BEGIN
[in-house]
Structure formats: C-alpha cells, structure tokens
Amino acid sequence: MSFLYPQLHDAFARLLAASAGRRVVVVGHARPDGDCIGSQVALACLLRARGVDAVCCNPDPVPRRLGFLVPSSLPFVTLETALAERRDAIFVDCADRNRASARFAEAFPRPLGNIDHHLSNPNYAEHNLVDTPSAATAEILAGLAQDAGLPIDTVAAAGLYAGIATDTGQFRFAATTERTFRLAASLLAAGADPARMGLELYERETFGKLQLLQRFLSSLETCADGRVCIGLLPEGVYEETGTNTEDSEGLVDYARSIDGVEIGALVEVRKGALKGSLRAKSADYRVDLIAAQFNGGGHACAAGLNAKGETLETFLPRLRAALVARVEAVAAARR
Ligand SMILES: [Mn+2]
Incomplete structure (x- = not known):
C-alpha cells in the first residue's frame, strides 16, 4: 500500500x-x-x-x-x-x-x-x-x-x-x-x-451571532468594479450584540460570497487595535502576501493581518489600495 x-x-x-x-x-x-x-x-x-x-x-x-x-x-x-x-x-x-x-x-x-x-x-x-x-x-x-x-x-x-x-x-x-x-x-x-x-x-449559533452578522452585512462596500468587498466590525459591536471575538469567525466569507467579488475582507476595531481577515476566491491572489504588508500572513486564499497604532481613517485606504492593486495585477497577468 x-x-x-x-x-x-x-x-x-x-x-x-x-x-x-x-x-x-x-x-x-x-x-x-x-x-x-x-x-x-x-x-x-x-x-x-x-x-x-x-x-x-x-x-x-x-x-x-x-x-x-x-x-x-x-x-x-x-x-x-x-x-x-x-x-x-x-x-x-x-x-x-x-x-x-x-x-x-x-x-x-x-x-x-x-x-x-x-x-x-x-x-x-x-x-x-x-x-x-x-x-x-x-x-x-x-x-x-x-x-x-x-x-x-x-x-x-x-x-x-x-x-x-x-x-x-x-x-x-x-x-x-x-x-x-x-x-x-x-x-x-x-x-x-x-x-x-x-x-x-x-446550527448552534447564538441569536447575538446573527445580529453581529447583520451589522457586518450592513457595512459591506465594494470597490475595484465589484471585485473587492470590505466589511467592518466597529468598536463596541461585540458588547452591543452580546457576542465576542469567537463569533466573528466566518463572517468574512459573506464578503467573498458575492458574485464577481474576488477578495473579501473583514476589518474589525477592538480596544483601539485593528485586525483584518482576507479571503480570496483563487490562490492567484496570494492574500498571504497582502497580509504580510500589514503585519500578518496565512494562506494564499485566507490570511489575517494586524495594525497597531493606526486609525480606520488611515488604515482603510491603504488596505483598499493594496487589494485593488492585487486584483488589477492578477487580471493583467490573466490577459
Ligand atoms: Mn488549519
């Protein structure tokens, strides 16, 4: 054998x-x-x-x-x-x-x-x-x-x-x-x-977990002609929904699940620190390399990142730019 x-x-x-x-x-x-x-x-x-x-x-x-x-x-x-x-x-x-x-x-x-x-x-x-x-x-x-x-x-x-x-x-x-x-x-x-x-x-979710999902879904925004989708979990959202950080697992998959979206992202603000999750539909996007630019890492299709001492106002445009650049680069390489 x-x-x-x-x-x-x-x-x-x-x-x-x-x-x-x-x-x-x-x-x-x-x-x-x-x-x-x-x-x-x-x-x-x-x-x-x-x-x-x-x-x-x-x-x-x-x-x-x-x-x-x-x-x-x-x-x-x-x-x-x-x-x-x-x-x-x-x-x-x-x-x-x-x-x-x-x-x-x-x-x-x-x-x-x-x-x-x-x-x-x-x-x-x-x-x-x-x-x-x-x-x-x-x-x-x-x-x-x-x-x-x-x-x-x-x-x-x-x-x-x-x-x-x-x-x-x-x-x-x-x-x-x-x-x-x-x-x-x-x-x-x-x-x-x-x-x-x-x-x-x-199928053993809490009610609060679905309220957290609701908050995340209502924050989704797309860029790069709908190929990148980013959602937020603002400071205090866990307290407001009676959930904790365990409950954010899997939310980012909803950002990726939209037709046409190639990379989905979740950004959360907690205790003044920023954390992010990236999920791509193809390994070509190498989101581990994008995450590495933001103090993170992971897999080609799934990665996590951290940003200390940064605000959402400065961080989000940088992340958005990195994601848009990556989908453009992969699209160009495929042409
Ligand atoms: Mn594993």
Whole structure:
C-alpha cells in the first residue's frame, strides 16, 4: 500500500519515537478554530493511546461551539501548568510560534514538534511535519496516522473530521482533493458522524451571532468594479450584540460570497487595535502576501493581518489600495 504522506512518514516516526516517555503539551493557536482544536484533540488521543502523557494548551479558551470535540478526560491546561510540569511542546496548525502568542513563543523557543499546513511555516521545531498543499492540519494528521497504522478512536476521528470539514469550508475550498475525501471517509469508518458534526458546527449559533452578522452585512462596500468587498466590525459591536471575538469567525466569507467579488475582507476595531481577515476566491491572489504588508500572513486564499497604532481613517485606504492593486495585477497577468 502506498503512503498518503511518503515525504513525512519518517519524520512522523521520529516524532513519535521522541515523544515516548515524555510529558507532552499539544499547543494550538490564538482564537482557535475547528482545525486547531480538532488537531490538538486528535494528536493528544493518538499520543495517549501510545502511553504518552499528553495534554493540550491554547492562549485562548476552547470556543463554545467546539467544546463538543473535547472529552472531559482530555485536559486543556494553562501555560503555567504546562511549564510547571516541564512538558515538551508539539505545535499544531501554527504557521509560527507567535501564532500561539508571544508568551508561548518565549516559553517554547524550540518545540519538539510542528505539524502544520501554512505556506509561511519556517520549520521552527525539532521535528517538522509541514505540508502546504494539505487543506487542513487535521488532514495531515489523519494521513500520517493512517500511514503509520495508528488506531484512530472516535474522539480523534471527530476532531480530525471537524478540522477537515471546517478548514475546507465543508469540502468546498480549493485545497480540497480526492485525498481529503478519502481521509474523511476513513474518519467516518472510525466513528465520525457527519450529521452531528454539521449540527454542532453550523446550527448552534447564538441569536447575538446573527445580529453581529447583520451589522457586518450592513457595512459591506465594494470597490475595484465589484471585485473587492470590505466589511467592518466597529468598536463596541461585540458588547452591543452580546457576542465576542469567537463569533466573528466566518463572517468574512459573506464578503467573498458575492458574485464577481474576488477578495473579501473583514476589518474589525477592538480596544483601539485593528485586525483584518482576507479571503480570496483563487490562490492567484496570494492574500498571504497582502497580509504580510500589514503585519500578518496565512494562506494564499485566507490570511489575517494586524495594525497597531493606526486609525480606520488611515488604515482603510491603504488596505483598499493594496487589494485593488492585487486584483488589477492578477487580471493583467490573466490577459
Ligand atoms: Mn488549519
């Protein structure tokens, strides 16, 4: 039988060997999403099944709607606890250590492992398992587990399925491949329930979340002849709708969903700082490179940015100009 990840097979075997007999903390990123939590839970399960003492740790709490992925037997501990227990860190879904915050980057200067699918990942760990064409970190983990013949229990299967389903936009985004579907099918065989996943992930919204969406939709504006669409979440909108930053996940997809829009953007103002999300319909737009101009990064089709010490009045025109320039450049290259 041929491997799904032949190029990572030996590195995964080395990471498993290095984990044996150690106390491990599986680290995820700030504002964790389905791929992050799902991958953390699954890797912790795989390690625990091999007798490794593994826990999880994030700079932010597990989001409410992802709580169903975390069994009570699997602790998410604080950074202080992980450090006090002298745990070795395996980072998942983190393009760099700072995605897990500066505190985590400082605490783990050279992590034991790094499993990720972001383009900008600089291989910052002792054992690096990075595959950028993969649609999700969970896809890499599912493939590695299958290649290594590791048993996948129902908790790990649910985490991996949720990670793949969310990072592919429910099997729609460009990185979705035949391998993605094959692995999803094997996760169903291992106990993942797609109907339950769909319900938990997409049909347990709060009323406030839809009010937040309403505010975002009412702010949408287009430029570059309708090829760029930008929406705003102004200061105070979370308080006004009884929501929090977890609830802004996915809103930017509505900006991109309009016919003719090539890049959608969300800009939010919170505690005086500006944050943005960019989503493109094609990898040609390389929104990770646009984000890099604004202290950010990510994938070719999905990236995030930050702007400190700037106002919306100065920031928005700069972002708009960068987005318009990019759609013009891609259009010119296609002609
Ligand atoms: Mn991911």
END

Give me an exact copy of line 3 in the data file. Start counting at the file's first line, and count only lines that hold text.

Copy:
Amino acid sequence: MSFLYPQLHDAFARLLAASAGRRVVVVGHARPDGDCIGSQVALACLLRARGVDAVCCNPDPVPRRLGFLVPSSLPFVTLETALAERRDAIFVDCADRNRASARFAEAFPRPLGNIDHHLSNPNYAEHNLVDTPSAATAEILAGLAQDAGLPIDTVAAAGLYAGIATDTGQFRFAATTERTFRLAASLLAAGADPARMGLELYERETFGKLQLLQRFLSSLETCADGRVCIGLLPEGVYEETGTNTEDSEGLVDYARSIDGVEIGALVEVRKGALKGSLRAKSADYRVDLIAAQFNGGGHACAAGLNAKGETLETFLPRLRAALVARVEAVAAARR